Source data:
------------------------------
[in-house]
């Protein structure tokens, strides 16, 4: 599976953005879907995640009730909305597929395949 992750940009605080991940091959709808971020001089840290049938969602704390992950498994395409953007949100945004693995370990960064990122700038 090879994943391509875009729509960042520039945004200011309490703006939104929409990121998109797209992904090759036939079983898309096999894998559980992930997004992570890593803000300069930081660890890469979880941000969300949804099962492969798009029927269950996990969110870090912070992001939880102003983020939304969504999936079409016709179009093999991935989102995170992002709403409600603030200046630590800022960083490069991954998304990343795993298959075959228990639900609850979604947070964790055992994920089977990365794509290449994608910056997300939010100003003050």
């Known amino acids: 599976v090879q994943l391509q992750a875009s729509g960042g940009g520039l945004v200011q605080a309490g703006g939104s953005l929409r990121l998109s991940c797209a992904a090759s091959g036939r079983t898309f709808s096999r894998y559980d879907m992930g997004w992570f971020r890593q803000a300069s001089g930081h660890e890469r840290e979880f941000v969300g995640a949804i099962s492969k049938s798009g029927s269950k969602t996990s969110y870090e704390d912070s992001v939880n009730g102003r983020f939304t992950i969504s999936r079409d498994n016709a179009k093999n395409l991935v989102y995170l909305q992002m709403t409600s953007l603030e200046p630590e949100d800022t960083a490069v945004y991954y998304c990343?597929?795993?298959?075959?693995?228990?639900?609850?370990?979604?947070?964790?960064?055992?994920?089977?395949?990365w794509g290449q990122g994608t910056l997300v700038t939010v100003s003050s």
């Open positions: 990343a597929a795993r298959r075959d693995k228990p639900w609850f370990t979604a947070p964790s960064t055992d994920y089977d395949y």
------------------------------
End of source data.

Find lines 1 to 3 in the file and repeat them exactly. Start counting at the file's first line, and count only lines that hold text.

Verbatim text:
[in-house]
């Protein structure tokens, strides 16, 4: 599976953005879907995640009730909305597929395949 992750940009605080991940091959709808971020001089840290049938969602704390992950498994395409953007949100945004693995370990960064990122700038 090879994943391509875009729509960042520039945004200011309490703006939104929409990121998109797209992904090759036939079983898309096999894998559980992930997004992570890593803000300069930081660890890469979880941000969300949804099962492969798009029927269950996990969110870090912070992001939880102003983020939304969504999936079409016709179009093999991935989102995170992002709403409600603030200046630590800022960083490069991954998304990343795993298959075959228990639900609850979604947070964790055992994920089977990365794509290449994608910056997300939010100003003050």
């Known amino acids: 599976v090879q994943l391509q992750a875009s729509g960042g940009g520039l945004v200011q605080a309490g703006g939104s953005l929409r990121l998109s991940c797209a992904a090759s091959g036939r079983t898309f709808s096999r894998y559980d879907m992930g997004w992570f971020r890593q803000a300069s001089g930081h660890e890469r840290e979880f941000v969300g995640a949804i099962s492969k049938s798009g029927s269950k969602t996990s969110y870090e704390d912070s992001v939880n009730g102003r983020f939304t992950i969504s999936r079409d498994n016709a179009k093999n395409l991935v989102y995170l909305q992002m709403t409600s953007l603030e200046p630590e949100d800022t960083a490069v945004y991954y998304c990343?597929?795993?298959?075959?693995?228990?639900?609850?370990?979604?947070?964790?960064?055992?994920?089977?395949?990365w794509g290449q990122g994608t910056l997300v700038t939010v100003s003050s």